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‘Solar Voyager’ autonomous boat looks to make history in sun-powered journey across the Atlantic

TechCrunch TechCrunch 8/06/2016 Devin Coldewey

About 200 miles due east of Boston, a robotic boat is putting along at a walking pace on what could be an historic journey across the entire Atlantic. “Solar Voyager,” built by two friends in their spare time, would be the first autonomous vessel to cross that ocean — and the first one to cross any ocean using solar power alone.

Isaac Penny and Christopher Sam Soon have been tinkering away on the project for four years now, and while the craft, which they launched on June 1, still has a long way to go, it’s safe to say it’s already a success in many ways.

“We’re sort of saying, look what you can do with a small group of people who are passionate about what they do,” Penny told me on the phone. “It’s not like Christopher and I are super-geniuses or something. We’re not even marine people. I grew up in Kansas!”

Nevertheless, the two built Solar Voyager from scratch, with only the solar panels and some standard motor parts taken off the shelf. The 18-foot boat is slowly making its way between GPS waypoints, and if all goes well, it should arrive in Portugal this fall.

The craft isn’t the first autonomous boat to cross an ocean — Liquid Robotics and its Wave Gliders were the first to do that, back in 2012. But those harvested wave energy to move, not solar, and, as Penny pointed out, the project was funded and staffed by a major, experienced company and the resulting technology patented.

“Only Liquid Robotics can build a Wave Glider, but anyone can do what we did. We don’t even have a garage!” laughed Penny.

Over the last four years, the boat evolved from a jury-rigged plastic kayak to a full-on custom aluminum hull with homemade, home-tested propulsion and electronics. It has a 280-watt solar array, a specially made fouling-resistant propeller, a barnacle-resistant coating, and a whole lot of small design tweaks to keep the thing running for the four months it should take to get where it’s going.

“Durability is the obvious problem, but there isn’t an obvious solution,” Penny said. “Designing something that runs for a day is one thing — designing something that will run for months in such harsh conditions with no one there to fix it is different.”

They have to get it right the first time, because it’s their only chance. Unlike Liquid Robotics, they can’t build a fleet or set up a waypoint halfway to Lisbon where the craft can be serviced. If the motor breaks down or the batteries fry, that’s four years and somewhere north of ten grand down the drain. And that’s if a shark doesn’t attack it, or an oceanliner doesn’t smack into it — the boat is radar-visible and painted to be highly visible, and it avoids shipping lanes, Penny noted.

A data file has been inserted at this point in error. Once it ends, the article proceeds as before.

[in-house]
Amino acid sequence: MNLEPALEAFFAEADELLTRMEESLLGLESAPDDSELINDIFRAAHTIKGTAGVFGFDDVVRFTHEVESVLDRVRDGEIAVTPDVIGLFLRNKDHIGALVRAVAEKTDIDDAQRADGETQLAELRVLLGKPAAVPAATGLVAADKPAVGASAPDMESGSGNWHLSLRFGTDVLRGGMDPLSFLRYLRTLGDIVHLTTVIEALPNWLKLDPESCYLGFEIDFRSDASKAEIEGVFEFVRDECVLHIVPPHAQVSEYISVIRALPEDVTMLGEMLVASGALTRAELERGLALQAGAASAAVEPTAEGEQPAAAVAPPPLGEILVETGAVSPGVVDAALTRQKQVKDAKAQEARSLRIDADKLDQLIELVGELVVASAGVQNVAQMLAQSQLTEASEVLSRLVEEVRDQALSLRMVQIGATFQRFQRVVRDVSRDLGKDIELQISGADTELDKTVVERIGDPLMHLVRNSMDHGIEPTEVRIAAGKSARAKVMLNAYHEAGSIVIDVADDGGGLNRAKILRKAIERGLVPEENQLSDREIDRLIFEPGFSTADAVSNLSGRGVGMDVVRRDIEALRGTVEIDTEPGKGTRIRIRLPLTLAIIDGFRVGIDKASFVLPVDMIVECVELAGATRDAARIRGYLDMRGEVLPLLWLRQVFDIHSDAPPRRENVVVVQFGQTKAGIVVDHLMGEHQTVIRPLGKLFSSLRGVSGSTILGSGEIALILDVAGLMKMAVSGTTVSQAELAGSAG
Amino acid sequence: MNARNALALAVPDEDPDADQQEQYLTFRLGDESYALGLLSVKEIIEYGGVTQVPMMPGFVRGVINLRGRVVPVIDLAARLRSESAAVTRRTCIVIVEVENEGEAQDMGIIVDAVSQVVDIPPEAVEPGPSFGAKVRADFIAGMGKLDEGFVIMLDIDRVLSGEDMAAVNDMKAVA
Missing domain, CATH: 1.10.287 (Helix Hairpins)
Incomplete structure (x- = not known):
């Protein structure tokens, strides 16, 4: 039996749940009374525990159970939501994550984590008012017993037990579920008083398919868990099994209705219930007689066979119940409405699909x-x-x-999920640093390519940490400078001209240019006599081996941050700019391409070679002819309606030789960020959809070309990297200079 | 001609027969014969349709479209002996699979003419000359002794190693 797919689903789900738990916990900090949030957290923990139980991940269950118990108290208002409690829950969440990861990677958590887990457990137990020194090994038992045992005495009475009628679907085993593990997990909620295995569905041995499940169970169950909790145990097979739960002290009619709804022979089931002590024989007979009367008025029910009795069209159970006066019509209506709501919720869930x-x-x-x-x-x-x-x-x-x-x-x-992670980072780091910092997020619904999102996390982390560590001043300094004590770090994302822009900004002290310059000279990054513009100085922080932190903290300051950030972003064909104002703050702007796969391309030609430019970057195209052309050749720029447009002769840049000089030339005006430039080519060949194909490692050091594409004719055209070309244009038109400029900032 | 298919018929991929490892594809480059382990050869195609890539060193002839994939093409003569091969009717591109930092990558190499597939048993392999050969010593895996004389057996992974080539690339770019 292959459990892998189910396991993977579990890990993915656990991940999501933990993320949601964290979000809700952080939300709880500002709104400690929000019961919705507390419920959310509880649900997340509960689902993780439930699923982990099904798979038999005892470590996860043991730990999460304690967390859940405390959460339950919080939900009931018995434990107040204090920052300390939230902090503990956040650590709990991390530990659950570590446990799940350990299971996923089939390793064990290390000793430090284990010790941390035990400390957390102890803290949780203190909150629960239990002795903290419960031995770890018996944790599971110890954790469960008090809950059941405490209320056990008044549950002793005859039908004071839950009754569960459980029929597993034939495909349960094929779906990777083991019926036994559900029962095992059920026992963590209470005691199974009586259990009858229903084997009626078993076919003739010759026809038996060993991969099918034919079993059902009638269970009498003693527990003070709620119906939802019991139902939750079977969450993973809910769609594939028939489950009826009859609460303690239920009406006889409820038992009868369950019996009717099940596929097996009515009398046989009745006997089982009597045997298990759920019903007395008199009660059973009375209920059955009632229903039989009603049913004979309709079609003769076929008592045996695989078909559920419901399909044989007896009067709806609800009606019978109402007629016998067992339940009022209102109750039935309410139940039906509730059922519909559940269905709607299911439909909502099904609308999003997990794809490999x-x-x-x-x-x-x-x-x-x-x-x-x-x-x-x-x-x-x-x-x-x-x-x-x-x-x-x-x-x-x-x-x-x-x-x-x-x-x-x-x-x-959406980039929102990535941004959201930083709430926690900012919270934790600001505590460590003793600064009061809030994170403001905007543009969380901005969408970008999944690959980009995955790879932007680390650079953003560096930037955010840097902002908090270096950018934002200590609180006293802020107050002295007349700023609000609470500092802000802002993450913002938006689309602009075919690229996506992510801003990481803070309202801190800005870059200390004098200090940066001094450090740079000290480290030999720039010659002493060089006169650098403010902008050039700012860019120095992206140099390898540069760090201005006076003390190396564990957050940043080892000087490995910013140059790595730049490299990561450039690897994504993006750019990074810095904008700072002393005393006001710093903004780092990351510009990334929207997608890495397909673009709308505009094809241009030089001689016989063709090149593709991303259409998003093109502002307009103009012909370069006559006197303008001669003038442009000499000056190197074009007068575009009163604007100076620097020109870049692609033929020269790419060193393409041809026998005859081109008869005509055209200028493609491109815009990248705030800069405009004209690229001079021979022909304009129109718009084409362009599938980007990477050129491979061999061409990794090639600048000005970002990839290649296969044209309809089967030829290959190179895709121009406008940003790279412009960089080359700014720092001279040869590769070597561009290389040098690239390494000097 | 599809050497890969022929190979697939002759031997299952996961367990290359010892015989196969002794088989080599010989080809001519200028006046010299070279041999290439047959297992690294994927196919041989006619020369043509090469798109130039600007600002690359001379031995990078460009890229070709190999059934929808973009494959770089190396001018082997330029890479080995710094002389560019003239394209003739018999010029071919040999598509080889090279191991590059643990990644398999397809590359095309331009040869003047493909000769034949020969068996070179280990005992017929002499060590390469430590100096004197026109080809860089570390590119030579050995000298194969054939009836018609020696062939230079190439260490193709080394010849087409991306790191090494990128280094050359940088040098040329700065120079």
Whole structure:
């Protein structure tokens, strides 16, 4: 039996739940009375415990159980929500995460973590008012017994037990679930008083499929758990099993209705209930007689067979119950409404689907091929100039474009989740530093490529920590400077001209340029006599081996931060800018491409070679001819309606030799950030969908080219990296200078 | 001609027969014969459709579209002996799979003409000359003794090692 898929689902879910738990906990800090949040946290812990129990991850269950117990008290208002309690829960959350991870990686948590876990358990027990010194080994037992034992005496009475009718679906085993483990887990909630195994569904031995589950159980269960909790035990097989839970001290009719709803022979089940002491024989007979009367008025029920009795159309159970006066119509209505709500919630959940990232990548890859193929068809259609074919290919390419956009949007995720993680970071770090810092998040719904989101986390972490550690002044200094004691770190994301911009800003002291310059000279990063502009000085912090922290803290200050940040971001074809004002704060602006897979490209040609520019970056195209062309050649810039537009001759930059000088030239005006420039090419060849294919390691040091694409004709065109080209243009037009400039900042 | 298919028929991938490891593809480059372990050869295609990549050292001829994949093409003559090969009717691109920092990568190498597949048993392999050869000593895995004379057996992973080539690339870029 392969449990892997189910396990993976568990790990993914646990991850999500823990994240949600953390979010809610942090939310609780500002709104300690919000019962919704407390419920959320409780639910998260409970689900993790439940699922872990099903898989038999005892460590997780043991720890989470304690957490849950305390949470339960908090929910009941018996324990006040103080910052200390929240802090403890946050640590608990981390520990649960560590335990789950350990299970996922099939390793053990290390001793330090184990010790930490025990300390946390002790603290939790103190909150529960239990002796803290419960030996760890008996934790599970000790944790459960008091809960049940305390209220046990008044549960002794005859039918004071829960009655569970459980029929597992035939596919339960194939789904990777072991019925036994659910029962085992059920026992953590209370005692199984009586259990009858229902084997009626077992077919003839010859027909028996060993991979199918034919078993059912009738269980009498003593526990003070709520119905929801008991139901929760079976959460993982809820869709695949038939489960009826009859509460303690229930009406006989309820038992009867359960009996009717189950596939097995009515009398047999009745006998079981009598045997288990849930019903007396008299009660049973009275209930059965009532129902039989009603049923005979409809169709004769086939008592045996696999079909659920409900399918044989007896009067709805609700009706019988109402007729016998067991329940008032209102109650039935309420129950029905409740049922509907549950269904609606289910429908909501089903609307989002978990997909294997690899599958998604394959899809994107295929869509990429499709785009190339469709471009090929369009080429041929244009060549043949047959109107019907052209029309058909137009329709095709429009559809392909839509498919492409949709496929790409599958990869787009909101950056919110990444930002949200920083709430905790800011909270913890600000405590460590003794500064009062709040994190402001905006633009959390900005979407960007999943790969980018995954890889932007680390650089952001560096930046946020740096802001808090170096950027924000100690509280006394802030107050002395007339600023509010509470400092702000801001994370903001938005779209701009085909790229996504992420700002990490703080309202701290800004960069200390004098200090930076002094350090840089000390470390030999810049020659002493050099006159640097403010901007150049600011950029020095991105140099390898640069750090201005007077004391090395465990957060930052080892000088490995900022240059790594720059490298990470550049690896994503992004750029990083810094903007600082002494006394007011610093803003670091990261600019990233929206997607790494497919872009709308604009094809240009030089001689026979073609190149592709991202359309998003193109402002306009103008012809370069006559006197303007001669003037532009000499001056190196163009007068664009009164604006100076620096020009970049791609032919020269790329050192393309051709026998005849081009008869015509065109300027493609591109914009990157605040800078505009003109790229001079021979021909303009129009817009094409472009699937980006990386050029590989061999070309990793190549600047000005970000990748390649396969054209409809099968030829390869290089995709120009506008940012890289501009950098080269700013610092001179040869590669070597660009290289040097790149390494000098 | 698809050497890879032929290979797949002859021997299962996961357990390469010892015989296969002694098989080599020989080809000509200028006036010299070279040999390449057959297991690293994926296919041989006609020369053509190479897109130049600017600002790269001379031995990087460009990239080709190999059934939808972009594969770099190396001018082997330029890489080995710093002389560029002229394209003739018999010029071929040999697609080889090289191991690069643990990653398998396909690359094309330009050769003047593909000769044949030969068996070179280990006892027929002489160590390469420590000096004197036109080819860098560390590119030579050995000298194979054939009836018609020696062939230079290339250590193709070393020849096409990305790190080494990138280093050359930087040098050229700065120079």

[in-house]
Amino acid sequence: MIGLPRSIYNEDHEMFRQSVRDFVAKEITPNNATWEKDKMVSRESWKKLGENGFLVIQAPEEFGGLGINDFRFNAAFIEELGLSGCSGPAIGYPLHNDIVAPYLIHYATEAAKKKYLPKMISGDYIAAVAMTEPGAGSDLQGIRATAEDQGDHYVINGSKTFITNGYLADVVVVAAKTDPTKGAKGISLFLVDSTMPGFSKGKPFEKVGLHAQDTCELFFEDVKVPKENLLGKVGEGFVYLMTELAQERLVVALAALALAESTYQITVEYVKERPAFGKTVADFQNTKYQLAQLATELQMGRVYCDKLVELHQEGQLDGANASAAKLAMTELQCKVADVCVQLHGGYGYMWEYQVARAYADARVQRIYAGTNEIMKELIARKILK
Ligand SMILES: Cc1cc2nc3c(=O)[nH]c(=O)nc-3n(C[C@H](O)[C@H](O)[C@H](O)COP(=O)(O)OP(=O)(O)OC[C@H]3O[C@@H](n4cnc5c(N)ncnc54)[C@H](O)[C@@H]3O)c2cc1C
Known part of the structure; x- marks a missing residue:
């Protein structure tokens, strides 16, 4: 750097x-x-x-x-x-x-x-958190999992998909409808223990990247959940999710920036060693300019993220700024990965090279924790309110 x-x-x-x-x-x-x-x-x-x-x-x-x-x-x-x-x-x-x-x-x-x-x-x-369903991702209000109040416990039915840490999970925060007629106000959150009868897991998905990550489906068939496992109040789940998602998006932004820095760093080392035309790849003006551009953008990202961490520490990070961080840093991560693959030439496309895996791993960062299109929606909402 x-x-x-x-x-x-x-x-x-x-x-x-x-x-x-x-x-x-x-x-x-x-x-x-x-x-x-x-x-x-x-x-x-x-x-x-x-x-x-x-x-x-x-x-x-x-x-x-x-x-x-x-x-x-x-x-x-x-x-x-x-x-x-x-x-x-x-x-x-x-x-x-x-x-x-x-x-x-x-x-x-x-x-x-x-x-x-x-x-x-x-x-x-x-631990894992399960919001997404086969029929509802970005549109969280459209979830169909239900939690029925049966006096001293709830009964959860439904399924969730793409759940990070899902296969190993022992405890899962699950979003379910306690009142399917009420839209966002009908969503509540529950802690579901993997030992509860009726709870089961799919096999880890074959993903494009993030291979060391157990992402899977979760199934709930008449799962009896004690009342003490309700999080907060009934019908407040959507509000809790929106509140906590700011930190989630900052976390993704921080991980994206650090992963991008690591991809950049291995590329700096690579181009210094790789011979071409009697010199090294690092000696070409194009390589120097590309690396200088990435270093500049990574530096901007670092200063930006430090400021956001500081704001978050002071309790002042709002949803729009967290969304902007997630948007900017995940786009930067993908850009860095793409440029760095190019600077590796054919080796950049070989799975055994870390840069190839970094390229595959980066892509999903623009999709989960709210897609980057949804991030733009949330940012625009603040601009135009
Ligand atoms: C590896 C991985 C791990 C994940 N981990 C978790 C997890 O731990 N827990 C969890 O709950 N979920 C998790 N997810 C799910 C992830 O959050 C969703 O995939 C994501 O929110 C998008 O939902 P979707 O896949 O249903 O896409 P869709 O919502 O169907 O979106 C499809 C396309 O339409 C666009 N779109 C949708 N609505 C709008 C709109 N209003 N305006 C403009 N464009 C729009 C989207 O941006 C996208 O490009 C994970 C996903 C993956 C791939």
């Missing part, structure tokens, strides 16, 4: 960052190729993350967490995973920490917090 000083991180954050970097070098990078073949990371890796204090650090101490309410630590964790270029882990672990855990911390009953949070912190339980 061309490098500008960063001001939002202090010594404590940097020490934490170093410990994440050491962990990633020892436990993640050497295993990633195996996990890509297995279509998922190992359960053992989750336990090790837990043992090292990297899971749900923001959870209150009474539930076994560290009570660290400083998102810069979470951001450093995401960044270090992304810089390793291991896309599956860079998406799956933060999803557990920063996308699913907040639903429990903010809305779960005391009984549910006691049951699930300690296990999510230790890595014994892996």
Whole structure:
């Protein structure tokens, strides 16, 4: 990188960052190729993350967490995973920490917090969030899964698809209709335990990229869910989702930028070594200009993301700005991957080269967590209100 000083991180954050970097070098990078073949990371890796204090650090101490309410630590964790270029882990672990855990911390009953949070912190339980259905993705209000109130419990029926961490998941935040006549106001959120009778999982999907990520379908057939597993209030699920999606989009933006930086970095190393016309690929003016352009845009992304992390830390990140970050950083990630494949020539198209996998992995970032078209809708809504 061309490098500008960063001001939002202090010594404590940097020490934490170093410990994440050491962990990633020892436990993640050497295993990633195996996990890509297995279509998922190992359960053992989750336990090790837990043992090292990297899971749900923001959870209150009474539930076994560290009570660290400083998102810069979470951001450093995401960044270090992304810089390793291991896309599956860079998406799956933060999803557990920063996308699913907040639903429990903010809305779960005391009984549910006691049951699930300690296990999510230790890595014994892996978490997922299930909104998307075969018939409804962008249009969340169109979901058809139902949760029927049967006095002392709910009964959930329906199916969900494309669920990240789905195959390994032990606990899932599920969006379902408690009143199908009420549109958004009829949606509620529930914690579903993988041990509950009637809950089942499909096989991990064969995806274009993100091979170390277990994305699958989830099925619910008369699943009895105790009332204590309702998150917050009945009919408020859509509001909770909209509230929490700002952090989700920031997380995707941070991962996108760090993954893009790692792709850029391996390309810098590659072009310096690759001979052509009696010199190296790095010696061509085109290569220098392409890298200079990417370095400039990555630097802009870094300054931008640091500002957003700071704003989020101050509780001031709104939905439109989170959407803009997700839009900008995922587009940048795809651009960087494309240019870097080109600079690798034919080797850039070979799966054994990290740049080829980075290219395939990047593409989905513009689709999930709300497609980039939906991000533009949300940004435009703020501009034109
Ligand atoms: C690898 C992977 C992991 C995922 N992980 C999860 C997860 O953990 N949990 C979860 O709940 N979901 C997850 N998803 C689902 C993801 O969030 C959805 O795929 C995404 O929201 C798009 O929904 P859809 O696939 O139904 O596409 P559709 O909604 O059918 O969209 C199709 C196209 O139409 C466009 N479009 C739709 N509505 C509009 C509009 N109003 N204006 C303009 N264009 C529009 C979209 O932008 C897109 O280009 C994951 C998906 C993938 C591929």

Once it arrives in Portugal, Solar Voyager will circle its final waypoint until Penny and Sam Soon can go collect it.

“We’re actually looking for people in Lisbon who own a boat. That’s probably not something people want to read about in tech news,” he added. But it’s a charming reminder that this is the work of a couple guys in their spare time, not a sponsor-studded Xprize entry or Navy-backed prototype. So, Portuguese TechCrunch readers out there, get in contact with the Solar Voyager guys if you want to help them out.

More than anything, the project is aimed at promoting the suitability of solar power for this sort of endeavor.

“We always think about solar as this alternative energy thing, but you just couldn’t do this with fossil fuels — you couldn’t build something that will run forever,” Penny said. “Whether it’s long endurance drones, or data gathering for maritime security, or monitoring wildlife preserves — solar isn’t just an alternative form of energy, it’s the best solution. It brings something to the table that nothing else has.”

You can track the progress of Solar Voyager at the project’s website; it updates its location and vital statistics every 15 minutes. Check back in October when, hopefully, Penny and Sam Soon will be celebrating the craft’s successful transit — and a little bit of history being made.

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